Meshach Browning: Local Legend of the Deep Creek Area

“The country abounded with deer, bears, panthers, wolves, wildcats, catamounts, wild turkeys, foxes, rabbits, pheasants, partridges, wild bees, and in all the streams trout without number.  The whole face of the country was like a beautiful sheet of wallpaper, variegated with all shades of color.”  Forty –four Years of the Life of a Hunter, Meshach Browning

When thinking of great pioneer men, names like Davey Crockett and Daniel Boone easily spring to mind.  Equally important in the history of the American hunting and frontier experience is tale told by local legend Meshach Browning in Forty-four Years of the Life of a Hunter.  Writing by candlelight with a turkey quill pen, Browning recorded the daily trials and tribulations of his hard-scrabble existence in the wilds of Western Maryland.  During his hunting career he claims to have killed between three and four hundred bears, about fifty panthers, over two thousand deer and scores of wolves and wildcats. 

His account reflects not only the determination of early settlers as they surmounted the difficulties of frontier life but also his great love for an area he called “the prettiest country in the world.”

Meshach Browning
Illustration from Forty-Four Yeas in the Life of Hunter by Meshach Browning

Meshach Browning’s Early Life

Browning’s roots in the United States can be traced back to Captain John Browning, who arrived just fourteen years after the founding of the first permanent English settlement in the New World.  Meshach’s grandfather, William, and father, Joshua, served under George Washington’s command in the 1755 expedition against Fort Duquesne.  There they saw the defeat of General Edward Braddock.  Meshach Browning was born in Frederick County, MD in 1781. 

After the death of his father, he, his mother and his siblings moved west to be closer to his mother’s family.  They settled near Flintstone in present day Allegany County.  In 1791, he moved with his aunt and uncle to an area known as Blooming Rose, near what is now the town of Friendsville.  They squatted on a farm that had once been the residence of and old hunter, Augustian Friend.  There, Meshach developed his passion for hunting, going after small game such as groundhogs or raccoons.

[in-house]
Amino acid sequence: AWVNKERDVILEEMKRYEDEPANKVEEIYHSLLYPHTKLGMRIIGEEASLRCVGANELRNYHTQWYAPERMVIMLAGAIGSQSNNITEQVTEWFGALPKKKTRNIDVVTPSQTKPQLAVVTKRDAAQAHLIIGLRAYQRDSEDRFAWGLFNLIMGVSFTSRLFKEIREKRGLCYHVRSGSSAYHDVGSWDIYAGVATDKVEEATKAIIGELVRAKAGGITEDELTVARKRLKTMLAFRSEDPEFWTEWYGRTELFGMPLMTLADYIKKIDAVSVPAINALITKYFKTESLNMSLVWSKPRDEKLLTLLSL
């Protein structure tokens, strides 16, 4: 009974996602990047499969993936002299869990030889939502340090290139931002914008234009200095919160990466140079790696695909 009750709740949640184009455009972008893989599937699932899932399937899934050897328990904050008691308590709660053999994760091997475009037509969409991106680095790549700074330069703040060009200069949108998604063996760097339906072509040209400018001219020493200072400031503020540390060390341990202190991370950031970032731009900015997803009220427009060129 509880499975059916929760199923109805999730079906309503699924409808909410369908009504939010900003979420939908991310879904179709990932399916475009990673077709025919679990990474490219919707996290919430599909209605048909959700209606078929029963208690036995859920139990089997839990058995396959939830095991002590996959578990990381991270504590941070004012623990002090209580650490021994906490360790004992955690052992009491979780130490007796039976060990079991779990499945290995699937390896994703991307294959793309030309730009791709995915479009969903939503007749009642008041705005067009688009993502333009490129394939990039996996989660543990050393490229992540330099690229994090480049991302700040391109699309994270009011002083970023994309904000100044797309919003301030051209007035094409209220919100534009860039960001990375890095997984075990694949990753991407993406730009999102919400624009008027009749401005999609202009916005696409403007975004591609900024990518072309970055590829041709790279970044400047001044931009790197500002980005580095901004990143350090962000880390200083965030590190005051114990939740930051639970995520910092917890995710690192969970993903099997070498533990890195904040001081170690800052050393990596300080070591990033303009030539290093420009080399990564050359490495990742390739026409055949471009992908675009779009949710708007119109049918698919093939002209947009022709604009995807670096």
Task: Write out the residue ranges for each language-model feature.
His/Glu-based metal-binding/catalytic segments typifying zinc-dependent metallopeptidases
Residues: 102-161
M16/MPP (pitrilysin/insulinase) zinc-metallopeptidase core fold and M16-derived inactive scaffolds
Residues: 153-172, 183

After he married his childhood sweetheart, he took to the woods out of necessity as much as passion.  They began their lives together without a single dollar.  To support his growing family, he supplemented the food he raised on his farm with the meat he procured on his hunting trips.  He was also able to easily trade animal furs, such as deerskin, for money or enough grain to last through a winter.  His hunting gear included a flintrock rifle, powder horn, bullet pouch, hunting knife, flint and steel for building fires and a tomahawk.  His dress made him look every bit what we imagine a mountain man to be:  coonskin cap, homemade moccasins and clothes made from homespun, home grown wool.    

Hunting in Garrett County

Meshach Browning’s book recounts numerous tales of hunting excursions.  He frequently spent a week or more alone in the woods away from his home and family.  Ingenuity was key to survival for early pioneer hunters in Garrett County.  Rattlesnakes were highly prevalent in the area at that time.  To protect himself he twisted hay, or long grass, into ropes and then wrapped his legs up to the knee.  In one unforgettable story he recalls killing a large buck with a knife as the wild waters of the Youghiogheny raged around them.  He nearly lost his life after a savage wrestling match with the animal.  The largest turkey he ever killed weighed twenty-six pounds without its feathers.  In 1797, he killed an eleven foot panther, an animal he found to be “a most dastardly coward.” 

To entice bears he would “roast the leg of a deer, and while the meat was roasting, rub honey over it, so that it would smell strong of the latter.  Then I would cut off pieces, tie them under my moccasins, walk through the grounds the bears frequented, and return to the trap;  when every bear which smelled my tracks would follow the trail to the trap, and generally get caught.”   

Final Thoughts

Written in the fall and winter of 1858-59, his autobiography gives voice to the many men and women that left “civilization” in the east to embark on an adventure in Maryland’s western frontier.  Many of the place names remain the same today, sparking the reader’s imagination as to how untamed Garrett County was and what it took to survive here.   Many original artifacts from Browning’s life, including his bear trap, powder horn and leather belt, now reside in the Garrett County Museum in Oakland.  His flintrock rifle is currently on display at the Smithsonian Museum. 

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